Accordingly, Section 20-B (2), paragraph 2, of the POEA-­SEC imposes on the employer the liability to provide, at its cost, for the medical treatment of the repatriated seafarer for the illness or injury that he suffered on board the vessel until the seafarer is declared fit to work or the degree of his disability is finally determined by the company-designated physician. This liability for medical expenses is conditioned upon the seafarer's compliance with his own obligation to report to the company-designated physician within three (3) days from his arrival in the country for diagnosis and treatment. The medical treatment is aimed at the speedy recovery of the seafarer and the restoration of his previous healthy working condition.

Since the seafarer is repatriated to the country to undergo treatment, his inability to perform his sea duties would normally result in depriving him of compensation income. To address this contingency, Section 20-B (3), paragraph 1, of the POEA-SEC imposes on the employer the obligation to provide the seafarer with sickness allowance that is equivalent to his basic wage until the seafarer is declared fit to work or the degree of his permanent disability is determined by the company-designated physician. The period for the declaration should be made within the period of 120 days or 240 days, as the case may be.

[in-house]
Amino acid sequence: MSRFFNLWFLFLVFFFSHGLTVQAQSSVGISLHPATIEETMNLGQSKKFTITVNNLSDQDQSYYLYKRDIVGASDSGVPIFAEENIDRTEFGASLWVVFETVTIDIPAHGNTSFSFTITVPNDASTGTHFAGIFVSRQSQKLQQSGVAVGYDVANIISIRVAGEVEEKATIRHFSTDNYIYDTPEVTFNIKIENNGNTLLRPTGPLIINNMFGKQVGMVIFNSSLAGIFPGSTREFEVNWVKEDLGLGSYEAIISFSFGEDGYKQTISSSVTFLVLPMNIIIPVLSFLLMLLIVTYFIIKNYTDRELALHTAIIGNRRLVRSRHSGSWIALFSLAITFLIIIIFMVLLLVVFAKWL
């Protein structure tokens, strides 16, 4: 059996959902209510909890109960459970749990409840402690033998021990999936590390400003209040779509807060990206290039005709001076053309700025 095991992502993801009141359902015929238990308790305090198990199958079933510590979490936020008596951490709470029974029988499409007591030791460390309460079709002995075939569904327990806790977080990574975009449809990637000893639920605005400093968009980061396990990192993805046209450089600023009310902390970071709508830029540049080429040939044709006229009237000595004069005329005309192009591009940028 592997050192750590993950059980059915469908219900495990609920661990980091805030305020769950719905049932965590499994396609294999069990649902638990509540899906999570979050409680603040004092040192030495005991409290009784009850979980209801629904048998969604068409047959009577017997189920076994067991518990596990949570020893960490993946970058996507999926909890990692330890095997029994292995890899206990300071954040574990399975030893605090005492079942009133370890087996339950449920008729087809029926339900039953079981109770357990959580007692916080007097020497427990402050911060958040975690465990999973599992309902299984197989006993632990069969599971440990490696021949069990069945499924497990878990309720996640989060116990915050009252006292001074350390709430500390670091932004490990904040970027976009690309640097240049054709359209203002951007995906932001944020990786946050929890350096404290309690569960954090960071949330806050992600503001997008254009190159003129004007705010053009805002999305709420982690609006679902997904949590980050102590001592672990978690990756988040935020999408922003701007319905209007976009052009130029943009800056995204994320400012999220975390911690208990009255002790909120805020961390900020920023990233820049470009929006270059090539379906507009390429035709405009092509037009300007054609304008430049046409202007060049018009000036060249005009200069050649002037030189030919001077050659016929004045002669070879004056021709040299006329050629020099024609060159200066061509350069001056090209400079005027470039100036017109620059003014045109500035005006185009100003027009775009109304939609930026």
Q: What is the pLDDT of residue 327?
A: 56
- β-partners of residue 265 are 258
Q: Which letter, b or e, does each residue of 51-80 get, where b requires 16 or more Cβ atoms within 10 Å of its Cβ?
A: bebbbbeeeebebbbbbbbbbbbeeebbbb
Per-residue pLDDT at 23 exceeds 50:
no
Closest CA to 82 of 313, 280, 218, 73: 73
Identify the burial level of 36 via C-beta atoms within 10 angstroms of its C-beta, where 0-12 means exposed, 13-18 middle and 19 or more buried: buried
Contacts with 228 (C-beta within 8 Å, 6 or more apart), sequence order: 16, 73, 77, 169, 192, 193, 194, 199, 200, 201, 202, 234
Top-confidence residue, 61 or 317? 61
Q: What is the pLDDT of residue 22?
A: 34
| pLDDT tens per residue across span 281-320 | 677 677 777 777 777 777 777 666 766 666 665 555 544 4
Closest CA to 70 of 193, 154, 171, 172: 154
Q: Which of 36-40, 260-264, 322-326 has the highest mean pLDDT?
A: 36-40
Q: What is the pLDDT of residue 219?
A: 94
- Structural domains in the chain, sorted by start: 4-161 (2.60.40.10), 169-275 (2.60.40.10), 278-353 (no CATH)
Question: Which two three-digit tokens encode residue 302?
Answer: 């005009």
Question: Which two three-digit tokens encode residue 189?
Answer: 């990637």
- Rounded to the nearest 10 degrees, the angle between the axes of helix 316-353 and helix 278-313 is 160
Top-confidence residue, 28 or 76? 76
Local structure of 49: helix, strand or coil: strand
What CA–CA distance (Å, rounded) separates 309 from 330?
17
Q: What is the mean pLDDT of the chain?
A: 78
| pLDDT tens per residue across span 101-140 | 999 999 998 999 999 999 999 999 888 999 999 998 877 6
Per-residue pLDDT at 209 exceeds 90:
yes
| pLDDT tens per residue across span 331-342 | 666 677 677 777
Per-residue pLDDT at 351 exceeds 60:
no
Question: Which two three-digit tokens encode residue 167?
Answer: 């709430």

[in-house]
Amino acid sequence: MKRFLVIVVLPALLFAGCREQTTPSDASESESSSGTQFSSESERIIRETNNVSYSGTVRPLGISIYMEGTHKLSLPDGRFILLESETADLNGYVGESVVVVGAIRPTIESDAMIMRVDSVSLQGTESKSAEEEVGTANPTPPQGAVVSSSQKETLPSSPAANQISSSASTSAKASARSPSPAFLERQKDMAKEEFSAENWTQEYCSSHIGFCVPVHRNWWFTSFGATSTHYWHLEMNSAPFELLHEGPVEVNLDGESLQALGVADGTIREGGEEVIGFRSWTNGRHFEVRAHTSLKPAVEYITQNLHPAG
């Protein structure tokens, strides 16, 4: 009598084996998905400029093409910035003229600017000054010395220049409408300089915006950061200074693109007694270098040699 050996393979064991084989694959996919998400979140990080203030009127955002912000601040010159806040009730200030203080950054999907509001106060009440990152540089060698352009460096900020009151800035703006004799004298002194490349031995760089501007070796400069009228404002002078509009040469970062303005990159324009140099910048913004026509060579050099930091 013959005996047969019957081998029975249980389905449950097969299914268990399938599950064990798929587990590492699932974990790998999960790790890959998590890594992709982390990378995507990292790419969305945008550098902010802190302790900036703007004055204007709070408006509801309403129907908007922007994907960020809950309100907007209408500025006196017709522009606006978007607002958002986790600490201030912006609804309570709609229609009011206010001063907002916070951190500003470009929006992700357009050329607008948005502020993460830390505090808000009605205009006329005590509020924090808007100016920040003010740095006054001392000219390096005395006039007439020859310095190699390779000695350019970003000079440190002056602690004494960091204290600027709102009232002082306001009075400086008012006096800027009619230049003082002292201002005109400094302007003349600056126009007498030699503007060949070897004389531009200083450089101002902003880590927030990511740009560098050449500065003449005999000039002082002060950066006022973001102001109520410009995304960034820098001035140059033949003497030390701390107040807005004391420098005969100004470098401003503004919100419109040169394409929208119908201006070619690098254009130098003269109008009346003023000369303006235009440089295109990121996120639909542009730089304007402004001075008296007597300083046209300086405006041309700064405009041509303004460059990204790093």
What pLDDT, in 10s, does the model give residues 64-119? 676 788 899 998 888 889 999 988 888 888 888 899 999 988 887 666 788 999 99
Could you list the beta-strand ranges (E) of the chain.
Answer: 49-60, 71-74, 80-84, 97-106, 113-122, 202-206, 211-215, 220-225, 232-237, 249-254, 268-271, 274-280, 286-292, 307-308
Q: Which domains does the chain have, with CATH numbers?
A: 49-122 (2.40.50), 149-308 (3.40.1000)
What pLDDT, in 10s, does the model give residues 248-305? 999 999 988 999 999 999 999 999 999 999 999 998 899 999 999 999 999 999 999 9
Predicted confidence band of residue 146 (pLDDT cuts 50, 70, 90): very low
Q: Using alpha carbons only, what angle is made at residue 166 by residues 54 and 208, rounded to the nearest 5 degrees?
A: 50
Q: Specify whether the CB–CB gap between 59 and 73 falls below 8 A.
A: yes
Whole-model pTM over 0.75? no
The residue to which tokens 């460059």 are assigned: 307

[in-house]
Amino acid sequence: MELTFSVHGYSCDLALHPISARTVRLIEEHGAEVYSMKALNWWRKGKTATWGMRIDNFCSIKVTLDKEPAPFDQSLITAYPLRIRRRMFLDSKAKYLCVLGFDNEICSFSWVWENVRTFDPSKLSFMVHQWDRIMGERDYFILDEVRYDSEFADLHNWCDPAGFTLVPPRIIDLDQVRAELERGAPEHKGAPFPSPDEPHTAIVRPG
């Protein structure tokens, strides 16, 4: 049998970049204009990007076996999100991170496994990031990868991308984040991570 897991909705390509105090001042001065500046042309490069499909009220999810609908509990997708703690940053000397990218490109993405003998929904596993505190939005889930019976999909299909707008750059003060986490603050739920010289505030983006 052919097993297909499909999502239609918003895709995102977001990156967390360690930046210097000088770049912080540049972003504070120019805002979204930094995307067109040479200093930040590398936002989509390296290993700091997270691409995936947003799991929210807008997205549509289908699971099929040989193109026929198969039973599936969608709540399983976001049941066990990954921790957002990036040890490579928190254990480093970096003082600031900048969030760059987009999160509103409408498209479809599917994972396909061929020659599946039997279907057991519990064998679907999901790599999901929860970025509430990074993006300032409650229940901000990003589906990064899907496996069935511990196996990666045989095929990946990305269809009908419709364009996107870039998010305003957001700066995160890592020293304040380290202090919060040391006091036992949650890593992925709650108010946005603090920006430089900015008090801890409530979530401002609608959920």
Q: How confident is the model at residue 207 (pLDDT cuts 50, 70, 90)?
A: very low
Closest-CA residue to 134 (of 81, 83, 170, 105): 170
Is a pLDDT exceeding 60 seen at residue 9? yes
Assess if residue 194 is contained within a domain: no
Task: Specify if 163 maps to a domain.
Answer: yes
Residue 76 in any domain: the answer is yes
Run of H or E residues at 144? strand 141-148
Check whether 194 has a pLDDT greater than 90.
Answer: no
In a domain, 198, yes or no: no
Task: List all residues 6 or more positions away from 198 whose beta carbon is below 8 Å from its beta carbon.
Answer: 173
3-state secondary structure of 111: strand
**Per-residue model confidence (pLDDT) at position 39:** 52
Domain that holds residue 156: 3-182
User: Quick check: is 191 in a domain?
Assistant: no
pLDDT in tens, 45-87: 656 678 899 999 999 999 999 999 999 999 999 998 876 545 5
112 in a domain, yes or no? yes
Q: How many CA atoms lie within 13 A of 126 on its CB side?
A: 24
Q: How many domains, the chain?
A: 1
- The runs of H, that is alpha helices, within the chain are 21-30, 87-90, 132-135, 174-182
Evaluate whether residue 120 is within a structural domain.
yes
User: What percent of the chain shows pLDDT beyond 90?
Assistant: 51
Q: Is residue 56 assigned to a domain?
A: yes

Once a finding of permanent (total or partial) disability is made either within the 120-day period or the 240-day period, Section 20-B (6) of the POEA-SEC requires the employer to pay the seafarer disability benefits for his permanent total or partial disability caused by the work related illness or injury. In practical terms, a finding of permanent disability means a permanent reduction of the earning power of a seafarer to perform future sea or on board duties; permanent disability benefits look to the future as a means to alleviate the seafarer's financial condition based on the level of injury or illness he incurred or contracted.